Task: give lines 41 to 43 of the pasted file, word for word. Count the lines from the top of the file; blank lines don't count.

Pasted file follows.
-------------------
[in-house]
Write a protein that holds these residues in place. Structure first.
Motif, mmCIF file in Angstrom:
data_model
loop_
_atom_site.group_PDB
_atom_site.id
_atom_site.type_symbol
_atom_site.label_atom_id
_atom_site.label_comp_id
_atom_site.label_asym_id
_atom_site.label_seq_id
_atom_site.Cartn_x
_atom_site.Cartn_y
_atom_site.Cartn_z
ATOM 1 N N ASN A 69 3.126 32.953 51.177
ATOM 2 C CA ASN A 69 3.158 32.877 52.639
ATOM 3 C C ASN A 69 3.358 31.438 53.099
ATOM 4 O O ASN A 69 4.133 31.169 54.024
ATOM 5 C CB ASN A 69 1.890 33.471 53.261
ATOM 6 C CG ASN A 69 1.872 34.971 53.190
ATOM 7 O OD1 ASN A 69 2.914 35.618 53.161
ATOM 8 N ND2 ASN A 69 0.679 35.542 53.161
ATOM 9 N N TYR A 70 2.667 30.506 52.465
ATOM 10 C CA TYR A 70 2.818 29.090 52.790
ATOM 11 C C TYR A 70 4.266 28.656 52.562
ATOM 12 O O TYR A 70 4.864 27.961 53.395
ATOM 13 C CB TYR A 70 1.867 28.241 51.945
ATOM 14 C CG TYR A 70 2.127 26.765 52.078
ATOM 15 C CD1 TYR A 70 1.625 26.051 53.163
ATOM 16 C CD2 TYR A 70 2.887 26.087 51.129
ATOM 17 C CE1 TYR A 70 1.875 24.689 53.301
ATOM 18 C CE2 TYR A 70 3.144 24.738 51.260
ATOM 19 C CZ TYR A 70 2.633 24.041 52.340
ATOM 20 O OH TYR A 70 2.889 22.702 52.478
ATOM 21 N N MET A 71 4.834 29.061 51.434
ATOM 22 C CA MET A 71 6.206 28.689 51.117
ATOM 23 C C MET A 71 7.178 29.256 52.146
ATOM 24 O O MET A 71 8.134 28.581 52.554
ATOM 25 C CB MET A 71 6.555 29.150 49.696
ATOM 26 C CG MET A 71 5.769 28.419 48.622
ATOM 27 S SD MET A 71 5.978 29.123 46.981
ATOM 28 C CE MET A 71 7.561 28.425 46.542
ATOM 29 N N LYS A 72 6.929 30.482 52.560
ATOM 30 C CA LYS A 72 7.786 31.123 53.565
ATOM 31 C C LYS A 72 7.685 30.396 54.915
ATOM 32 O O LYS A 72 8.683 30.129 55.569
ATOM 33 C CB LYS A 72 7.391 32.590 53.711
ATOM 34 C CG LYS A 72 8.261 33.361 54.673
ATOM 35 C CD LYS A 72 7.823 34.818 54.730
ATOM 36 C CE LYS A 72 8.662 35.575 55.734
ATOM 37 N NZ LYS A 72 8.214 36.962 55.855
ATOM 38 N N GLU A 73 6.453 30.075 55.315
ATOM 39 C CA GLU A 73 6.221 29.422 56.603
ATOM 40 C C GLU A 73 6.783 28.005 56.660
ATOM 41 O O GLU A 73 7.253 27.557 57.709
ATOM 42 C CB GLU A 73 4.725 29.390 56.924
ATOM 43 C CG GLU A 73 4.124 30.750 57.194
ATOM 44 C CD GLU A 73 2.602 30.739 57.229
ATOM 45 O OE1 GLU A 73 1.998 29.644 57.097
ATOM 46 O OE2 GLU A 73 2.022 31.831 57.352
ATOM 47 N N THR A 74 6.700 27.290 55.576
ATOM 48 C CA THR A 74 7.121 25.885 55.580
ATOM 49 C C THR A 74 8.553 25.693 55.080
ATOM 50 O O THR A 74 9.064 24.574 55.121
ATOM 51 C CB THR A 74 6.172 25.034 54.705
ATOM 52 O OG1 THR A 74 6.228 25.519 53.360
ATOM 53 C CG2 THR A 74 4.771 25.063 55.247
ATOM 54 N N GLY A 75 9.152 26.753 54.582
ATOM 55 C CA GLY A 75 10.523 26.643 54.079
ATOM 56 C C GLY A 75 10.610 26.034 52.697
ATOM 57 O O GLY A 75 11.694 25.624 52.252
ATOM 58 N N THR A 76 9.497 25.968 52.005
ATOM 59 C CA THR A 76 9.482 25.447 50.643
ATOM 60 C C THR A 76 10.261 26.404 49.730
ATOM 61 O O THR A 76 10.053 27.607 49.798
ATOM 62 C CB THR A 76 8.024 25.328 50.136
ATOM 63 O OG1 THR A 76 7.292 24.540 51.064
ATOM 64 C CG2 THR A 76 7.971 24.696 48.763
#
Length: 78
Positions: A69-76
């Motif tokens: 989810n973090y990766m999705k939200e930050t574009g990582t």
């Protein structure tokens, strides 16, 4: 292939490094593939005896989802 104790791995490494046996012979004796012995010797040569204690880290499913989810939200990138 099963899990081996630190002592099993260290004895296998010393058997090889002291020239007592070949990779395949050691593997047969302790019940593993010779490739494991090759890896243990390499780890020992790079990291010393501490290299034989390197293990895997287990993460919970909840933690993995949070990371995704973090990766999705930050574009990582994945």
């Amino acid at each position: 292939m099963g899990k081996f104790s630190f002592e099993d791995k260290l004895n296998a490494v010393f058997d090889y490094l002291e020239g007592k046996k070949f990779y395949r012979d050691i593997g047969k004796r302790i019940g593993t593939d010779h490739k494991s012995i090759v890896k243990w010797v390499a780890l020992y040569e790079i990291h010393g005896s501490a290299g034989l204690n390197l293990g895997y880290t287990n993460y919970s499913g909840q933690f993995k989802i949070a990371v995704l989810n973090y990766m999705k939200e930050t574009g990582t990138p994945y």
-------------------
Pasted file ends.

ATOM 26 C CG MET A 71 5.769 28.419 48.622
ATOM 27 S SD MET A 71 5.978 29.123 46.981
ATOM 28 C CE MET A 71 7.561 28.425 46.542